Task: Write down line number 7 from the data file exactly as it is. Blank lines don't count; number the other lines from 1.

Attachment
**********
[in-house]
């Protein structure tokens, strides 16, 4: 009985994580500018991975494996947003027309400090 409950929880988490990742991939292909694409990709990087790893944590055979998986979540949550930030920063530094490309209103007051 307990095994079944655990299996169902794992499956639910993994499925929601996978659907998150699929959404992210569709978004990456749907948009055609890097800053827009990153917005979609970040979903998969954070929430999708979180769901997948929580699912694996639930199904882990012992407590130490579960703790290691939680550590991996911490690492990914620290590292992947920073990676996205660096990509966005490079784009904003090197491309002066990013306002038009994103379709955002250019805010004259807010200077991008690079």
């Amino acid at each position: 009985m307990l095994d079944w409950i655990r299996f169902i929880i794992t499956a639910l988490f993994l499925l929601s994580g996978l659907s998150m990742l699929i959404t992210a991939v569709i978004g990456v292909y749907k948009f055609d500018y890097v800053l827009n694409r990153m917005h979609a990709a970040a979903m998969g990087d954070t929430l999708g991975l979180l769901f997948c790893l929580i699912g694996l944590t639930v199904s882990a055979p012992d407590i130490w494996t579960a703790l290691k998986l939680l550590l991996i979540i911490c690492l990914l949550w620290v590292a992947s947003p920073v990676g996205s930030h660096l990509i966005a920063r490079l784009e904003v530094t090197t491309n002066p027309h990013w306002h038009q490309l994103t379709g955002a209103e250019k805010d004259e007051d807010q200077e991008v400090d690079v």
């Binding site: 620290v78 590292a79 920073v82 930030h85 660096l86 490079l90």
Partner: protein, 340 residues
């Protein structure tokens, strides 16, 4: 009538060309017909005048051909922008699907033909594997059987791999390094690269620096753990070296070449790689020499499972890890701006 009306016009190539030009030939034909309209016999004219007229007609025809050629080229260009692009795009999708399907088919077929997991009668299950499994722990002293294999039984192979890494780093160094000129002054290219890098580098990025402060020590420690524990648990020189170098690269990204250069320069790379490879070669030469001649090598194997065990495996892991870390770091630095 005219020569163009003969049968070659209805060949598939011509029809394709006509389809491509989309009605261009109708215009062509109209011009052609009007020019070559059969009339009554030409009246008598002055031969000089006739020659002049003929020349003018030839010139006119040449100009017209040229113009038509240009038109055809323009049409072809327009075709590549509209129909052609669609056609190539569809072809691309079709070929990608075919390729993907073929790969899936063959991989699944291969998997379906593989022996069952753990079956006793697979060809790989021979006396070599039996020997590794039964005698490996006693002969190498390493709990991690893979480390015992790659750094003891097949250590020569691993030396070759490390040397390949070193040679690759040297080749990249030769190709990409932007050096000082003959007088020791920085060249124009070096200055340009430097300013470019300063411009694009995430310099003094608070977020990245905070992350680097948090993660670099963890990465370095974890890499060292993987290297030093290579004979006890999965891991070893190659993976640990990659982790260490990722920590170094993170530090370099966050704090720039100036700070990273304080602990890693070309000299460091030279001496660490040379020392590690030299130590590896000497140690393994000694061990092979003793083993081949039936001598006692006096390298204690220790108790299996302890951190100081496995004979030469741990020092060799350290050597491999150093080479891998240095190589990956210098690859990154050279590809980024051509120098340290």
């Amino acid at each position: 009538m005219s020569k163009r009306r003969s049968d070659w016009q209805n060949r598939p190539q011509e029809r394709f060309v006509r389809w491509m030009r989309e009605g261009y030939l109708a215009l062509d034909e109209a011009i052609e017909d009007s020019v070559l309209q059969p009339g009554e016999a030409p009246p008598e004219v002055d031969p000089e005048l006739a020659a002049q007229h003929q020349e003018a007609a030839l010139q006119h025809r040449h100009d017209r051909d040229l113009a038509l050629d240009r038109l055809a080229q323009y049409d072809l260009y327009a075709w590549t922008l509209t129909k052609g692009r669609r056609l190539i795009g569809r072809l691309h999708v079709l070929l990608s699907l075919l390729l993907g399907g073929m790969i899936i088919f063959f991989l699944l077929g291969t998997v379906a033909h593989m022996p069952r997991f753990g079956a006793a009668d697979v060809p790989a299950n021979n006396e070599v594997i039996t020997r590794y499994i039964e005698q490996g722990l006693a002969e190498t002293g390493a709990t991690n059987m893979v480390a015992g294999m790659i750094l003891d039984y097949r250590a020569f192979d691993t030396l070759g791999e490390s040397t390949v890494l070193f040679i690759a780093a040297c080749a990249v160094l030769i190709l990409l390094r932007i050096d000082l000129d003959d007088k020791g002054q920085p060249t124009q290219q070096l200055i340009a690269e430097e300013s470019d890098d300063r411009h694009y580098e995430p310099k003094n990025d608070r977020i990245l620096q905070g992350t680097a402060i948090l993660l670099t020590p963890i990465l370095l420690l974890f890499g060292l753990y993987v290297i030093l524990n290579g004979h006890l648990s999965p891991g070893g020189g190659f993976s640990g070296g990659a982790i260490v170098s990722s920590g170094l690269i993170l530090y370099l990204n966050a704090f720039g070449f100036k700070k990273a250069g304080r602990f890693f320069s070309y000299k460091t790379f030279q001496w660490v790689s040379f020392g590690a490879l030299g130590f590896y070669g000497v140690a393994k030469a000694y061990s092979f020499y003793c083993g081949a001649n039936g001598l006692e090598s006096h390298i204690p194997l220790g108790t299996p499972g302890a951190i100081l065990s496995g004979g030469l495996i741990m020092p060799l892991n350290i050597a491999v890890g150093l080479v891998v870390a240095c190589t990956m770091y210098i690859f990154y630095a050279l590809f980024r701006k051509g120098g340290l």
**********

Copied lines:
């Amino acid at each position: 009538m005219s020569k163009r009306r003969s049968d070659w016009q209805n060949r598939p190539q011509e029809r394709f060309v006509r389809w491509m030009r989309e009605g261009y030939l109708a215009l062509d034909e109209a011009i052609e017909d009007s020019v070559l309209q059969p009339g009554e016999a030409p009246p008598e004219v002055d031969p000089e005048l006739a020659a002049q007229h003929q020349e003018a007609a030839l010139q006119h025809r040449h100009d017209r051909d040229l113009a038509l050629d240009r038109l055809a080229q323009y049409d072809l260009y327009a075709w590549t922008l509209t129909k052609g692009r669609r056609l190539i795009g569809r072809l691309h999708v079709l070929l990608s699907l075919l390729l993907g399907g073929m790969i899936i088919f063959f991989l699944l077929g291969t998997v379906a033909h593989m022996p069952r997991f753990g079956a006793a009668d697979v060809p790989a299950n021979n006396e070599v594997i039996t020997r590794y499994i039964e005698q490996g722990l006693a002969e190498t002293g390493a709990t991690n059987m893979v480390a015992g294999m790659i750094l003891d039984y097949r250590a020569f192979d691993t030396l070759g791999e490390s040397t390949v890494l070193f040679i690759a780093a040297c080749a990249v160094l030769i190709l990409l390094r932007i050096d000082l000129d003959d007088k020791g002054q920085p060249t124009q290219q070096l200055i340009a690269e430097e300013s470019d890098d300063r411009h694009y580098e995430p310099k003094n990025d608070r977020i990245l620096q905070g992350t680097a402060i948090l993660l670099t020590p963890i990465l370095l420690l974890f890499g060292l753990y993987v290297i030093l524990n290579g004979h006890l648990s999965p891991g070893g020189g190659f993976s640990g070296g990659a982790i260490v170098s990722s920590g170094l690269i993170l530090y370099l990204n966050a704090f720039g070449f100036k700070k990273a250069g304080r602990f890693f320069s070309y000299k460091t790379f030279q001496w660490v790689s040379f020392g590690a490879l030299g130590f590896y070669g000497v140690a393994k030469a000694y061990s092979f020499y003793c083993g081949a001649n039936g001598l006692e090598s006096h390298i204690p194997l220790g108790t299996p499972g302890a951190i100081l065990s496995g004979g030469l495996i741990m020092p060799l892991n350290i050597a491999v890890g150093l080479v891998v870390a240095c190589t990956m770091y210098i690859f990154y630095a050279l590809f980024r701006k051509g120098g340290l």